First, some context on the situation: I used to be on a tiny team at a small company. “Small” as in just 9 full-time employees. The design team was just me and two other folks: another designer (like me), and our creative director. As a team of three that worked closely together day in and day out, our team dynamic was super important to us. Thankfully our personalities jived well and we understood each other's communication styles and work-habits. Our collaborative work directly impacted by how well (or not well) we're jiving. That wasn’t unique to my role or even the design industry; anyone who works in an office can probably relate to this. The fact is that it’s easier to produce good work when you like the folks you're working with. So when something happens that could impact those relationships, people often have emotional reactions that can lead them to say or do something weird, and then things can easily go awry. What kind of “something” could throw a wrench between tight teammates, you might ask?
...a surprise announcement during an all-staff meeting that your co-worker, the only other designer, is getting a title bump, which you were not only not expecting, but from the look on your creative director’s face, no one else was expecting it either.
That's what happened to us. I know for some people that's not an earth-shattering situation, but it really got to me in a way I wasn't expecting. Why? Because we didn’t even have an org chart. We had an attempted org chart, but it was never truly formalized. With only 9 employees, we spent the majority of our time on client work and the internal stuff was always on the back burner.
I wanted to be happy for my co-worker—he worked his ass off, and deserved recognition for continuously stepping up to the plate when we needed him; I wanted to be happy for him—but instead I felt half jealous, and also really confused. The crummiest part was feeling stupid for feeling jealous and confused. As I was telling a friend about the whole experience, she told me she had been navigating the same thing at her office too. Her solidarity helped, but I was still confused… if promotions happen all the time, at every job, and are considered a “normal” thing, how does anyone survive that weirdness that can follow it? What do we do with it?
Really. I'm writing about this because these google searches were getting me nowhere:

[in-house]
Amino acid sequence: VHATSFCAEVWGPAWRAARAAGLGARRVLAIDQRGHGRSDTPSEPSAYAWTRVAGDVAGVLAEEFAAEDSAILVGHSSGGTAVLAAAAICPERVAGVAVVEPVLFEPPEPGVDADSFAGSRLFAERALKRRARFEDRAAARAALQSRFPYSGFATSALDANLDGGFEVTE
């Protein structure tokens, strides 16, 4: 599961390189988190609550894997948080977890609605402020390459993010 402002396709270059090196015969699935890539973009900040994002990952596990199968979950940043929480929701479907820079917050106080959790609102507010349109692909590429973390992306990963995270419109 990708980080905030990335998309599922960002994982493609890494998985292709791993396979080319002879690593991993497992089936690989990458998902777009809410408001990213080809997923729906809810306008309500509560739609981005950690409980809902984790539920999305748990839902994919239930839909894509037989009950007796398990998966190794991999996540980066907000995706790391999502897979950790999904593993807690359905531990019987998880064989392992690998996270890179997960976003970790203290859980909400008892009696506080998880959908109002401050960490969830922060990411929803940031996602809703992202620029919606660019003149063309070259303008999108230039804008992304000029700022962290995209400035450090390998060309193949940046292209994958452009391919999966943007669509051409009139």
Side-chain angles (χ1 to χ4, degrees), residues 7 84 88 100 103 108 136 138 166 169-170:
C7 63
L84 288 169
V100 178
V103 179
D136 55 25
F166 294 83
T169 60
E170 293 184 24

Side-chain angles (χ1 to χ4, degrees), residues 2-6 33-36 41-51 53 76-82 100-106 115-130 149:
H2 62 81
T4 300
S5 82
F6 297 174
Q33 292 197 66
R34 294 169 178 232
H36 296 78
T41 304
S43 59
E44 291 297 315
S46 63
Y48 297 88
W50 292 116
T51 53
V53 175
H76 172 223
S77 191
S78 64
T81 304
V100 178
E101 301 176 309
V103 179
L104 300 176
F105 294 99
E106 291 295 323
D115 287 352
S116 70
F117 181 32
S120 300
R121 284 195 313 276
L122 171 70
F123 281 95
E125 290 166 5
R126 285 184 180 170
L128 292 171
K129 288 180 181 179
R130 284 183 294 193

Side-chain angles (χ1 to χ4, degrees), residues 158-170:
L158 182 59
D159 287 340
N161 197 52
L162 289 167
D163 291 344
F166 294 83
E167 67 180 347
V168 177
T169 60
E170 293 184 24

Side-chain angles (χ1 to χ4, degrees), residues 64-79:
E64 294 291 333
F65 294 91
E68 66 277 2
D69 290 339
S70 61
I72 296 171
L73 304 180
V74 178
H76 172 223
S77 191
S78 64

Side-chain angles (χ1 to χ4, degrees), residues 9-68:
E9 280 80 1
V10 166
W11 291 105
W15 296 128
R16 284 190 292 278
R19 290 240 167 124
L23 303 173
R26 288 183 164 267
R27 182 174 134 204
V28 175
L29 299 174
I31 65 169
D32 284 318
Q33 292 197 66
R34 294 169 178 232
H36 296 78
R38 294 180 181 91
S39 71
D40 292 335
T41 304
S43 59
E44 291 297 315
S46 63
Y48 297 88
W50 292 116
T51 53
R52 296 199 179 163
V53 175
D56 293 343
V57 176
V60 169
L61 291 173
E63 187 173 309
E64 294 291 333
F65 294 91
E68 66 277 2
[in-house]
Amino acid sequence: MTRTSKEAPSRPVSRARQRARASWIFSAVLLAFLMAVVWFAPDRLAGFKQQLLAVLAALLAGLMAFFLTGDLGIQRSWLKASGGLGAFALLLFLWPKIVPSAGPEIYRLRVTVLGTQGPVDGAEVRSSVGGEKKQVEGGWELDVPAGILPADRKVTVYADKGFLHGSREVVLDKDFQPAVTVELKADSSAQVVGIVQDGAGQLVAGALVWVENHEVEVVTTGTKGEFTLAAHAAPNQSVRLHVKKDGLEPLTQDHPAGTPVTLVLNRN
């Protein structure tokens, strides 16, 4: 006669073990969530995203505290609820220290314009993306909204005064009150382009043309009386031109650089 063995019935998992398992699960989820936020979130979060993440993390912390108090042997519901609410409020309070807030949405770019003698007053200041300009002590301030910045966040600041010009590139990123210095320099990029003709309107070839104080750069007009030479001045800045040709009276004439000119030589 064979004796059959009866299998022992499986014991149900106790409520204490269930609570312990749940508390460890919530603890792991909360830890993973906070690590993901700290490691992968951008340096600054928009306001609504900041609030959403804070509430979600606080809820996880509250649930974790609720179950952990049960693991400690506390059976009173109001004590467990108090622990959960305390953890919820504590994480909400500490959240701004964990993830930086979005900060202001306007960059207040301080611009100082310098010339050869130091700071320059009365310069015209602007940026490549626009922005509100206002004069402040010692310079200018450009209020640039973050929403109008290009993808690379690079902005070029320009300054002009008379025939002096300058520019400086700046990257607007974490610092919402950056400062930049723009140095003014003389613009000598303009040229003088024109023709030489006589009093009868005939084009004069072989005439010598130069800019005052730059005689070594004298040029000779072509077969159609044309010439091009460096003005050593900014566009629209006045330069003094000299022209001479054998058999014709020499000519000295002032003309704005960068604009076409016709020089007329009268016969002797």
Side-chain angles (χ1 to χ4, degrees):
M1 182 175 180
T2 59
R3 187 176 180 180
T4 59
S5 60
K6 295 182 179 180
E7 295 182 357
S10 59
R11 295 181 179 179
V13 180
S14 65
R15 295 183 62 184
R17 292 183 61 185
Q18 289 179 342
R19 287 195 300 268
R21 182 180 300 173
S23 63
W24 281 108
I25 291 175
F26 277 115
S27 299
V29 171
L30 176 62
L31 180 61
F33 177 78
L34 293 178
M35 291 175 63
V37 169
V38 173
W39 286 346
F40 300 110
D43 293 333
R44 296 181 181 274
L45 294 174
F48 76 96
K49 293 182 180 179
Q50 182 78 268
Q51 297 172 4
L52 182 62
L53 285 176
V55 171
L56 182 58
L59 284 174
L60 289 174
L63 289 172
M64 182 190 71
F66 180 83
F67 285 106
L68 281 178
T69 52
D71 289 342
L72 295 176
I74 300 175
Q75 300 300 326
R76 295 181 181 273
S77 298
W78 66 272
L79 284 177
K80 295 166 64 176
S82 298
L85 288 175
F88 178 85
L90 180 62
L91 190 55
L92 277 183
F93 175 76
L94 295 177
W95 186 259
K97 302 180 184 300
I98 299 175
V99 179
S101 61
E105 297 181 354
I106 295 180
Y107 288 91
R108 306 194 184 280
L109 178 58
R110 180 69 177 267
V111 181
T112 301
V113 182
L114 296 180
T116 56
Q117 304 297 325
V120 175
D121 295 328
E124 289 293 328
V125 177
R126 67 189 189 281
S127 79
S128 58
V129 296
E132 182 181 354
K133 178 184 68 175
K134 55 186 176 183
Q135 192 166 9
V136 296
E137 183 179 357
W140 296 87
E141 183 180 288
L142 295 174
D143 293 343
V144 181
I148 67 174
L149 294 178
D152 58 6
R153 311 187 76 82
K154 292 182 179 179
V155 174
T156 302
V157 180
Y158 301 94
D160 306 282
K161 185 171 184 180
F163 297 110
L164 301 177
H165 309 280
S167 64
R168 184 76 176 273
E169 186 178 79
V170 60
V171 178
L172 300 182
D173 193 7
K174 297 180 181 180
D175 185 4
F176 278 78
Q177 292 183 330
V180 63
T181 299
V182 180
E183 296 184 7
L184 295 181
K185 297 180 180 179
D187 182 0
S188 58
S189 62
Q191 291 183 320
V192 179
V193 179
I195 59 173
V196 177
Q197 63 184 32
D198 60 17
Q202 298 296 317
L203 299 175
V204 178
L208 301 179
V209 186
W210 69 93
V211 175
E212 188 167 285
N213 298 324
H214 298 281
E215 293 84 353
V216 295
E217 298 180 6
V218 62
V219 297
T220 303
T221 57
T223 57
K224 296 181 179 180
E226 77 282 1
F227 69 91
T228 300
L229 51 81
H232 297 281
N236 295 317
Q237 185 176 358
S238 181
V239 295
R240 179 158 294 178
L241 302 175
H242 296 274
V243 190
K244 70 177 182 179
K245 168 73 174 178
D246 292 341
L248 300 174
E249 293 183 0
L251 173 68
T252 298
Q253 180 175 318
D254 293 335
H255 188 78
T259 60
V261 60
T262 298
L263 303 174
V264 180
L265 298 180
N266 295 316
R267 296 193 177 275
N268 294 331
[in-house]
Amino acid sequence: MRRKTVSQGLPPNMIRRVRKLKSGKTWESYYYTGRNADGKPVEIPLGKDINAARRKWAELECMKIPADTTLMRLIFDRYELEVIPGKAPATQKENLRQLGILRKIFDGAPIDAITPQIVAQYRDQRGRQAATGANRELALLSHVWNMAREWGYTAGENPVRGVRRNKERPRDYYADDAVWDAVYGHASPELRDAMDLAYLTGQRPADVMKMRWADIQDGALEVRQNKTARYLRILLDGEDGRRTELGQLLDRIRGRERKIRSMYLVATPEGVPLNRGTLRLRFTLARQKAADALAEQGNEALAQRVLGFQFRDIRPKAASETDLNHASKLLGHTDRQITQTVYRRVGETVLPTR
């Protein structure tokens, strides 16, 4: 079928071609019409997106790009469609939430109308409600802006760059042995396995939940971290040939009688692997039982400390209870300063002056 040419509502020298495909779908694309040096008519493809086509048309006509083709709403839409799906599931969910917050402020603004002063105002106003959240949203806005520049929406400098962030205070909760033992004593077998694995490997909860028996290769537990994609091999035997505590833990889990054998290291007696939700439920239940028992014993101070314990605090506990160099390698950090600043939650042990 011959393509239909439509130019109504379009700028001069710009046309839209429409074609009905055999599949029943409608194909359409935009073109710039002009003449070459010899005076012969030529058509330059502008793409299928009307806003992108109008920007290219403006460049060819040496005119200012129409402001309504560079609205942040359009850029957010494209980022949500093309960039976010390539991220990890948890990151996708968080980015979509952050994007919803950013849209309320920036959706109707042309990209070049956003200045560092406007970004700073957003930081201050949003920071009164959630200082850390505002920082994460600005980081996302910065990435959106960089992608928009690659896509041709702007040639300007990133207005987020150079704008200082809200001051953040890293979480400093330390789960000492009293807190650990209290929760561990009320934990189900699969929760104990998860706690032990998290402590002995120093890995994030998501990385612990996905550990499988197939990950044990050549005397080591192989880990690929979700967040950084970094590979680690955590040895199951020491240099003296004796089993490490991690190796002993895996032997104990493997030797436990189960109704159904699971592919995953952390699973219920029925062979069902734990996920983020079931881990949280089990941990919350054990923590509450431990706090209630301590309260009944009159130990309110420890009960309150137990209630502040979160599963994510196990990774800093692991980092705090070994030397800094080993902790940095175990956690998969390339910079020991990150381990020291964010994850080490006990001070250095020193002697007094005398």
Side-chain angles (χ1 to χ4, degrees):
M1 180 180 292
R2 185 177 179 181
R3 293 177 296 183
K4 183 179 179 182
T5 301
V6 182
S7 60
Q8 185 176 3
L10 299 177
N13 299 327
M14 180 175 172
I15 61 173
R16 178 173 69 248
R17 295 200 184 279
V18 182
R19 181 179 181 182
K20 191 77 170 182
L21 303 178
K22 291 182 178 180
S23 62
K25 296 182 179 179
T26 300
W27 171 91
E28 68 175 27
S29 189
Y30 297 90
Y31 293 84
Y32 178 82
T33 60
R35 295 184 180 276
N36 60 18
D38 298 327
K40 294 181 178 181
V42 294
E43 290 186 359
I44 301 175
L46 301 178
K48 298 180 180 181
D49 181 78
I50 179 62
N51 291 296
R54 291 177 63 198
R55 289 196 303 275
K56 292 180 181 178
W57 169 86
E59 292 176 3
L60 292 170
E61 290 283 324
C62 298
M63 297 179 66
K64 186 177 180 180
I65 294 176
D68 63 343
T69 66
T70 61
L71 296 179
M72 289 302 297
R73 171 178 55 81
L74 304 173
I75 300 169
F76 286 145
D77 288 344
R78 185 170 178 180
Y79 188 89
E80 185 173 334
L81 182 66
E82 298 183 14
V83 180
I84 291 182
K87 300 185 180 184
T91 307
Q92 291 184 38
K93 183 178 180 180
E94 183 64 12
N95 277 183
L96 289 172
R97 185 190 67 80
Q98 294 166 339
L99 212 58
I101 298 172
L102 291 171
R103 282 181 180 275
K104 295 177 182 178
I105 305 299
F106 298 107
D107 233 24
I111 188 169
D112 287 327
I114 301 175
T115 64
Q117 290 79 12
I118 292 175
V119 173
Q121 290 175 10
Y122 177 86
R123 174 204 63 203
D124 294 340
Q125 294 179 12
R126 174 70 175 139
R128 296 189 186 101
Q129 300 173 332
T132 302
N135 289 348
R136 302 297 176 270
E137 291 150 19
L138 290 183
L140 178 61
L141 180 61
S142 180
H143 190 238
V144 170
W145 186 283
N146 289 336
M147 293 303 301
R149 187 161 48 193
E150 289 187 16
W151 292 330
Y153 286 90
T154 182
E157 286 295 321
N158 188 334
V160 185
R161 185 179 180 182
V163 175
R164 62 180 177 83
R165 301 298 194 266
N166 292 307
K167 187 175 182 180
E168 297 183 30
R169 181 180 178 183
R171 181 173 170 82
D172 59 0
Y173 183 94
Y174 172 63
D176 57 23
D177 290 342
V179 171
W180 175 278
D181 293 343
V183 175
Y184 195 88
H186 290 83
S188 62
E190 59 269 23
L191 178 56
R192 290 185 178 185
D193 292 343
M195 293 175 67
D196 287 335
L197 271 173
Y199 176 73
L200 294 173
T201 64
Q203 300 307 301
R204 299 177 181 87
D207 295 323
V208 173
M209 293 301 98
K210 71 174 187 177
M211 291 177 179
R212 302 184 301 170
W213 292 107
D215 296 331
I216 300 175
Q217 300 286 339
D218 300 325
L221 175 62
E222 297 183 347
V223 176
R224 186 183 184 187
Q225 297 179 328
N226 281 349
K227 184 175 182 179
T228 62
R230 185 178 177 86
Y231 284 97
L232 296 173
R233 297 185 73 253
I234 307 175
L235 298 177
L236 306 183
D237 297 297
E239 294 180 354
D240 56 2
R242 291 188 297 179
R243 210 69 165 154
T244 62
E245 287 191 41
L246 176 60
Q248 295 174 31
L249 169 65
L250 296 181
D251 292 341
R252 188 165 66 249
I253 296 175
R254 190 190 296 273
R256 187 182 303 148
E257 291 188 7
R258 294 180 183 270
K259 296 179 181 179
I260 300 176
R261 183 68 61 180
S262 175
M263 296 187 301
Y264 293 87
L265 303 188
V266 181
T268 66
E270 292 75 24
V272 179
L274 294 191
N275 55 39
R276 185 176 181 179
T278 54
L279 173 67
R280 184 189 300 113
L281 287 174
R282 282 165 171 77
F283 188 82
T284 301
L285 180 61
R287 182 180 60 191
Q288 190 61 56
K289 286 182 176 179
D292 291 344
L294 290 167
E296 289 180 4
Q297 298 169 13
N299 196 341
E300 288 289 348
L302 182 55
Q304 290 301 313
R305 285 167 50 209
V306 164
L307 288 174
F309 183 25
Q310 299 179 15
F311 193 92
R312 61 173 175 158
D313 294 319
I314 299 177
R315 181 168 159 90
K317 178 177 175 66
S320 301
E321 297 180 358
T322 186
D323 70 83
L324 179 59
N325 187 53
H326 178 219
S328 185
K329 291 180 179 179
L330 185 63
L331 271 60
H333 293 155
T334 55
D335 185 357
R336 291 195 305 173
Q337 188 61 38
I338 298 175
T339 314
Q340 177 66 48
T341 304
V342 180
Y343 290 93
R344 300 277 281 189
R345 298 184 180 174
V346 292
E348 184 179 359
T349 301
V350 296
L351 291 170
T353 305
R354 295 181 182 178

How to handle your co-worker getting promoted
How working relationships change after a title bump
Trying to be excited and happy for my co-worker's career advancement but actually feeling nervous and awkward help
Everything I clicked on was either telling me to suck it up because “that's just how business goes, people move up the ladder. Work hard and you will too!” (which wasn't the problem), or “just to accept that the dynamic will be inherently different because that's how hierarchy works” (which was also not the problem).
I didn’t want this to change how well he and I collaborated. A career advancement for anyone on our team shouldn't have meant we’d have to entirely reconfigure the way we worked together. It's good to always be working on your relationships, but forced change can be hard to handle. So the question then became “how am I going to handle this?” I figured reaching out to him directly was the best move. We went out for happy hour, and after talking through things with him it turned out he was worried about a lot of the same stuff I was.
Shortly after his title change was announced we had been DMing on Slack, both saying “I don't want this to get weird.” We decided to get drinks after work to go over all our worries, questions, and the unknowns. It was a chance for us to talk about our career goals, and what a title change meant to each of us. The amount of anxiety I let go of after having that conversation was enormous. I was thankful that we talked as soon as we did.
Something else that helped was sitting down with my boss to talk through some of the same things I had discussed with my coworker. We agreed that the announcement wasn't made in the most appropriate way (I should have been given more of a heads up, or at least more details about how this was going to impact the design team). It also gave me some of the business perspective behind the decision, which helped me connect dots that I wouldn’t have even thought of in the first place. I left that conversation with a better understanding of our different responsibilities. I was also starting to feel genuinely happy for my co-worker's promotion.
I originally told myself “I don't really care about my title, as long as I enjoy the work I'm doing!” Now I know that's bullshit. I do care about my title, and how it positions me against my coworkers. If we don’t know where the lanes are, we’re more prone to getting in accidents.
I also know that I've (unfortunately) internalized the competitive culture that tells us “There's not enough jobs and too many talented people! Designers have to learn to code! And run social media! And write copy! And also be accountants! And photographers! And illustrators! And marketing analysts! Also don’t forget about the robots!” That stuff is something I'm working on squashing too.
So the moral of the story is...?
Like literally any other human problem involving relationships and emotions: when things get weird, you just gotta talk to people. And be real about it.
I really liked that team. I wasn’t gonna let weirdness get in the way of us making good shit and having a fun time together.